Blizzard Entertainment hosted its first one-off tournament for World of Warcraft, The Great Push (TGP), last month. Over 10,000 players on more than 2,100 teams participated in this event, which featured a prize pool of $20,000. While the competition was fierce, only six teams advanced to the final stage, where they had 15 hours over the three-day weekend to push dungeon keys as high as they could.
Echo won it all in the final minute of the event by using an infinite misdirection bug. They faced backlash from members of the game’s community, who criticized them for using exploits in the Plaguefall dungeon. Blizzard’s associate product manager Adrian “Healingstat” Archer-Lock spoke with Dot Esports about the event, Echo’s win, and reflected on the challenges for the next competitive events coming later this year.
First of all, congratulations on the first one-off event. What were the challenges and hurdles you encountered in creating it?
Healingstat: Creating this event was a lot of fun and we had a lot of discussions last year on how to create something different for the community. For the Arena World Championship (AWC) and Mythic Dungeon International (MDI) we have a lot of experience and we apply the feedback from the community to improve the next events.
For the TGP we had to build something from the ground up, an event focused on pushing keys as high as possible without any previous feedback. Having all teams running simultaneously on broadcast proved to be a huge challenge for the team and instead of saying that “Okay, we can’t do this,” we started looking for solutions on how to implement our ideas.
There have been a lot of positive reactions within the WoW community. What is Blizzard’s opinion on the event? What are the main takeaways from the first one-off event?
I think it’s fair to say that we were satisfied with how the event went and we’re already committed to do one more one-off event later this year. I really want to explore this for future years as well. First of all, we want to continue experimenting with other things. One-offs are for dungeons only right now, but we’re exploring multiple types of events to happen in the future. We were very happy with the viewership and the event ticked most boxes we wanted to tick. We liked doing this since while we had a lot of ideas for the MDI, we couldn’t apply them to avoid ruining the integrity. This type of event allows us to experiment and see our ideas in practice.
The event ran for 10 days from May 21 to 30. Was that enough time for teams to be able to compete or is this something that you’re looking to extend for the next one-off event?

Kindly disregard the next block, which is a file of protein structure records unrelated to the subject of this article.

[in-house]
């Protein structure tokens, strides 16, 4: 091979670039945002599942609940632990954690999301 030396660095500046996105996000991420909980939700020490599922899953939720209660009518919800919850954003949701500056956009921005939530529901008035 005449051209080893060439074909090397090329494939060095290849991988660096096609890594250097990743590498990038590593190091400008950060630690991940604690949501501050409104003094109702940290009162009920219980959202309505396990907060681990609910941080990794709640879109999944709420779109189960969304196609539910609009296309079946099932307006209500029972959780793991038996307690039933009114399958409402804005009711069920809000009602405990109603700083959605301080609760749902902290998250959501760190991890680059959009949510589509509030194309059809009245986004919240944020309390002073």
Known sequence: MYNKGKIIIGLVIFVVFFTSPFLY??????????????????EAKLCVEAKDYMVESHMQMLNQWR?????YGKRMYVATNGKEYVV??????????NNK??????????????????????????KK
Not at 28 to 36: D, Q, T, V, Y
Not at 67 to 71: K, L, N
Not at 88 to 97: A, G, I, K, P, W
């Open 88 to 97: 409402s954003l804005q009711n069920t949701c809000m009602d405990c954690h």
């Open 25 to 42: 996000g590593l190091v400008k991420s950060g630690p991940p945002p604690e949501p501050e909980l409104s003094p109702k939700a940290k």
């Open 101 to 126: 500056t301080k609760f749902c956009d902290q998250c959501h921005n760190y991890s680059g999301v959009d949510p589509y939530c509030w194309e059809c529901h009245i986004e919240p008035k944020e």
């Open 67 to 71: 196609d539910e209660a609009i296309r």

We really wanted to be conscious about how much time players are spending preparing for the tournament. For the main program of MDI, there’s a lot of reward compared to the time spent. For this tournament, we actually condensed our qualification period to shorten it and squeeze it into two weekends. We adjusted our time zones to make sure that all regions could compete.
We also introduced a new “rest period” to stop players from being able to run after the five-hour period was over during their play day.
In other competitive games such as League of Legends, players usually go back to grinding solo queue after playing during their tournament day. Doesn’t this rest period hinder player performance during the event?
When we do our main MDI product, we noticed that players go straight to practice to prepare for the next round. However, for this one-off event we wanted to avoid making this a focus, so we introduced the “rest mode.” On top of that, we revealed the affixes at the start of the broadcast so that players work out their strategy in real time. That’s another layer of skill and strategy shown from players.
How was the viewership compared to a regular season of AWC or MDI? Is Blizzard satisfied with the number of viewers who tuned in for this event?
I think it’s safe to say that the viewership was good for this event. We had streams on both Twitch and YouTube and allowed players to stream their perspectives as well. We were happy to see multiple streams gathering a lot of viewers discussing strategies and their own approach on how to tackle a dungeon. I would definitely say that with the overall viewership we were happy.
In League of Legends, some players have the ability to co-stream the main event, allowing for their viewers to tune in and see their favorite content creator cast the games. Is this something Blizzard is looking into, allowing players to co-stream the events in the near future?